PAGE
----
Lewis Hamilton took pole position for the German Grand Prix on Saturday, while Sebastian Vettel’s miserable form continued for Ferrari as he was unable to even set a time and will start from the back.
It got even worse for Ferrari as Vettel’s teammate Charles Leclerc was unable to start the last part of qualifying, known as Q3, and is set to begin from 10th place on the grid on Sunday.
“I don’t know really how we did it today. I’m not quite sure what happened to the Ferraris,” Hamilton said. “I think if Leclerc had done a lap at the end, it would have been close between us.”
Ferrari is winless in 10 races this season and that terrible run looks to continue, while Hamilton is aiming for a sixth win in seven. It was a record-extending 87th pole for the five-time world champion, who is 11 wins shy of Michael Schumacher’s record of 91.
Hamilton starts on the front row alongside Red Bull’s Max Verstappen, who knocked Hamilton’s Mercedes teammate Valtteri Bottas into third place.
Red Bull’s Pierre Gasly goes from fourth.
“A bit disappointed with qualifying and I just struggled,” said Bottas, who is level with Hamilton on four poles this season. “Ferrari (were) extremely quick and we knew it would be difficult to beat them ... We’ve been a bit lucky.”
Vettel, who crashed at last year’s German GP despite leading from pole, looked visibly upset as he climbed out of his car in the team garage.
The incident happened during the first part of qualifying, making him one of five drivers eliminated from Q1. The issue appeared to be related to a turbo problem, even more surprising given Ferrari had topped all three practice sessions heading into qualifying.
Worried faces in the Ferrari garage turned to sheer horror as mechanics then detected a problem on Leclerc’s car, ruling him out of the top-10 shootout in Q3.
“Mine was a fuel system problem. It is a shame but we will be trying to understand what happened and not to reproduce it. The car felt great today so it’s a shame it ended like this,” Leclerc said. “I feel for the whole team. I will give absolutely everything to make everyone smile again tomorrow.”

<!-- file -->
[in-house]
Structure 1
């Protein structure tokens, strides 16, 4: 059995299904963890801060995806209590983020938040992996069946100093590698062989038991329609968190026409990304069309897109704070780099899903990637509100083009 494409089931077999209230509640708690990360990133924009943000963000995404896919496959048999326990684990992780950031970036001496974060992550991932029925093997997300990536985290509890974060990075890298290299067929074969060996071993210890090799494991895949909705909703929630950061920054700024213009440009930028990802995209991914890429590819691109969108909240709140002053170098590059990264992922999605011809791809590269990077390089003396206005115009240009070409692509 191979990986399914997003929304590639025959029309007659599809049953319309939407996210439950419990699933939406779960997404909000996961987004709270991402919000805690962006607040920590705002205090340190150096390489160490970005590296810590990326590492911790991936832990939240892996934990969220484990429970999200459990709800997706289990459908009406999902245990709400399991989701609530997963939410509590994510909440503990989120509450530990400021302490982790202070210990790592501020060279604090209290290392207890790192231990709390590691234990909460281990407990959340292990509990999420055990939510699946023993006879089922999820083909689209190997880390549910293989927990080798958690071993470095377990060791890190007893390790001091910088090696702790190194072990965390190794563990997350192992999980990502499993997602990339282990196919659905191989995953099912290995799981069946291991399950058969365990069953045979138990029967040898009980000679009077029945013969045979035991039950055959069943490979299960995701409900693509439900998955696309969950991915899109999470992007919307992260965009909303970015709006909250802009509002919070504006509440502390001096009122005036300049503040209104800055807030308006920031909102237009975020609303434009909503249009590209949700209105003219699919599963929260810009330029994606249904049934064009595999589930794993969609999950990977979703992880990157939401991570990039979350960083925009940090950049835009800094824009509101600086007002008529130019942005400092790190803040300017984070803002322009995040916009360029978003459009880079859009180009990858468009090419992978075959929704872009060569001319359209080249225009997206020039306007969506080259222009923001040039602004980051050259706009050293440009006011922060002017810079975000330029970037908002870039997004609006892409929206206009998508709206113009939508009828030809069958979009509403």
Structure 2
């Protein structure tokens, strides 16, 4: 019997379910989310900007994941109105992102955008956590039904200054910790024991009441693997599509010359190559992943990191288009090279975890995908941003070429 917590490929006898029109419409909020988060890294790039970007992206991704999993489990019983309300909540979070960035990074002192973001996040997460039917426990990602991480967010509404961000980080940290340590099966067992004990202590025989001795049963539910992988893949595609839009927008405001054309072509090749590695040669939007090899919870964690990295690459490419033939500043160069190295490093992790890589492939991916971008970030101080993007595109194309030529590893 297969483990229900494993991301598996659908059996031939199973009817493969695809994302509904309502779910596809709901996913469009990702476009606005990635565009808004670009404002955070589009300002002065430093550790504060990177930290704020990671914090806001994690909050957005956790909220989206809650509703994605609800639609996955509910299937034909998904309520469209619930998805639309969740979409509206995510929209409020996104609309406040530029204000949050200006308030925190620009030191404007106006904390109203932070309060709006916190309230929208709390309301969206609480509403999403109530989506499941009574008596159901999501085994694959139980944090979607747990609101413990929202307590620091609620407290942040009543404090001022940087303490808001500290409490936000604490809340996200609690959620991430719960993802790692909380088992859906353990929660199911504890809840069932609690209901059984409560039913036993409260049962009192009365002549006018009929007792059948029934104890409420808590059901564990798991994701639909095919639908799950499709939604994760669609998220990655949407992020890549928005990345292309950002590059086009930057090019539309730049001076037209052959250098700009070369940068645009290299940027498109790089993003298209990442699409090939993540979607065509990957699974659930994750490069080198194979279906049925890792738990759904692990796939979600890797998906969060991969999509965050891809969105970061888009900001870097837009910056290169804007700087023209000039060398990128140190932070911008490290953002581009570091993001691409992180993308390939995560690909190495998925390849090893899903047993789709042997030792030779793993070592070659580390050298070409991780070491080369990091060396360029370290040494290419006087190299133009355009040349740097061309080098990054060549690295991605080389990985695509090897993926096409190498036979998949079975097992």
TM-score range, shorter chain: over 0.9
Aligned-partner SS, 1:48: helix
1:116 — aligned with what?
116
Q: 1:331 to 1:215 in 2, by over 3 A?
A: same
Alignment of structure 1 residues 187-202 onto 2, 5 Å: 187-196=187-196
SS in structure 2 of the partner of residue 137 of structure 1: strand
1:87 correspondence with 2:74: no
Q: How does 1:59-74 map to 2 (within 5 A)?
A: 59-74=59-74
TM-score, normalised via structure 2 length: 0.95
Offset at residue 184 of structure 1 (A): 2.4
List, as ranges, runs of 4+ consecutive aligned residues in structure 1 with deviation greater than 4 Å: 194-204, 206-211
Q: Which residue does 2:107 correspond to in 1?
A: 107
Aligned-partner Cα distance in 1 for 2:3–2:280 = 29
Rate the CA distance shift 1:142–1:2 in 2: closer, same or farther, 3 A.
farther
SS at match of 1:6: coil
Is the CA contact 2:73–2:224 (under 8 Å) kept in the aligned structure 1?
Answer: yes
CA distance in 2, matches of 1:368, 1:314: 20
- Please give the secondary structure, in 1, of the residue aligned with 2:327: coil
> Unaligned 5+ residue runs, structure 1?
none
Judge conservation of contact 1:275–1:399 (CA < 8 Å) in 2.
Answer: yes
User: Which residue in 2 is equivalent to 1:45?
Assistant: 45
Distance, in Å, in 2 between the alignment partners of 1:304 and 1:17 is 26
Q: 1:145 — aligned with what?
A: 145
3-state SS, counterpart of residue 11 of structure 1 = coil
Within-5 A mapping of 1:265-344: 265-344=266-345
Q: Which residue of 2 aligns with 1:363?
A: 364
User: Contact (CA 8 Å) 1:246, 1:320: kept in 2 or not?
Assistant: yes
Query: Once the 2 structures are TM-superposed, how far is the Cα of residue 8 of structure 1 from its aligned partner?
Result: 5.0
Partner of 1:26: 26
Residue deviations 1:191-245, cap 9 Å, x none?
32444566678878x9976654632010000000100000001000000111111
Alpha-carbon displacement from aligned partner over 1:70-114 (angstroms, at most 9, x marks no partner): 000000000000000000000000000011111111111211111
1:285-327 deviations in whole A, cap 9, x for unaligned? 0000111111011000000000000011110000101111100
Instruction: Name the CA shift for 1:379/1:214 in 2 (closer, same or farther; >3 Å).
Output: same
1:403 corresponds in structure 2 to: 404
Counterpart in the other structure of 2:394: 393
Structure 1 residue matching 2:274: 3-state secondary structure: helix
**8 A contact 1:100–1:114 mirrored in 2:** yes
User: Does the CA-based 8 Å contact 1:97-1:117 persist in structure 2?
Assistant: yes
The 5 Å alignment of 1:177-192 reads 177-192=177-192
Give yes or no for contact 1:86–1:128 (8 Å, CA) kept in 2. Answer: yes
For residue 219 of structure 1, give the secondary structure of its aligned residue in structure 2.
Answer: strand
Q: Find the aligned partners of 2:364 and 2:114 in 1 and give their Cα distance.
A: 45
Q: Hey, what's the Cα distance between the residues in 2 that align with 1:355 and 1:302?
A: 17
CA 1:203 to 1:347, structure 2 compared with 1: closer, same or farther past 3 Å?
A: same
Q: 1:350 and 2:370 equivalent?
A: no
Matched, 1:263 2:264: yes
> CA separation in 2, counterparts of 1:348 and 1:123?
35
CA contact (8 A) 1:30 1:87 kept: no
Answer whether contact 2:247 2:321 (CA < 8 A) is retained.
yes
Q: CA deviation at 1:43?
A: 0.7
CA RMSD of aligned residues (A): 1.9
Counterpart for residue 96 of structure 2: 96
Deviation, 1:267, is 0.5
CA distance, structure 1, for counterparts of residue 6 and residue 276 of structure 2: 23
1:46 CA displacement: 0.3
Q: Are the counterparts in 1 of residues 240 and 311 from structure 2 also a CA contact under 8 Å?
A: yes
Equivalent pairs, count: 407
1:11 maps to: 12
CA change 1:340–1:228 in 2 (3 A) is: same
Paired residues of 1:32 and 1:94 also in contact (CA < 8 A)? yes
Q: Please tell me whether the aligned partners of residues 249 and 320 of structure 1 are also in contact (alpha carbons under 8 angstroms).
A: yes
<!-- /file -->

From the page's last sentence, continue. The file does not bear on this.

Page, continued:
Television footage showed a Ferrari fan in the stands sinking his face into his hands in disbelief.
Mercedes head of motorsport Toto Wolff was sympathetic when commenting on Ferrari’s latest setback.
“It is a shame for Ferrari and for Sebastian at his home GP,” Wolff told broadcaster Sky Sports, adding. “Ferrari have an illness that they need to cure and we need them so we can have a competitive championship.”
With Leclerc ruled out of Q3, Ferrari’s principal Mattio Binotto looked pensively down at the floor, with his hands in his pockets. After two disappointing - yet relatively competitive seasons - things have gone from bad to worse for Ferrari since Binotto replaced Maurizio Arrivabene.
Leclerc is only in his second F1 season - his first with Ferrari - and has four podiums in the past four races. But for Vettel, a four-time F1 champion, it’s yet another setback after capitulating against Hamilton in the last two title battles.
Vettel has not won since last year’s Belgian GP, a barren run which now looks likely to reach 19 races. Two weeks ago at the British GP, he crashed into the back of Verstappen after misjudging a routine overtaking move - the latest in a growing list of errors by the German.
Daniel Ricciardo was another notable rider eliminated in Saturday’s qualifying, failing to make it into Q3 as his frustrating first season with Renault continued.
Earlier, as temperatures dropped at the Hockenheimring following a recent heatwave, Leclerc posted the fastest time in final practice ahead of Verstappen and Vettel.
Bottas was fourth quickest and Hamilton sixth.
But Hamilton, who leads the championship by 39 points ahead of Bottas, delivered again when it mattered.
He won last year’s race after starting in 14th place, gifted the victory by Vettel’s crash in the rain.
The rain is expected to fall again on Sunday, and this time it’s Vettel starting way behind Hamilton.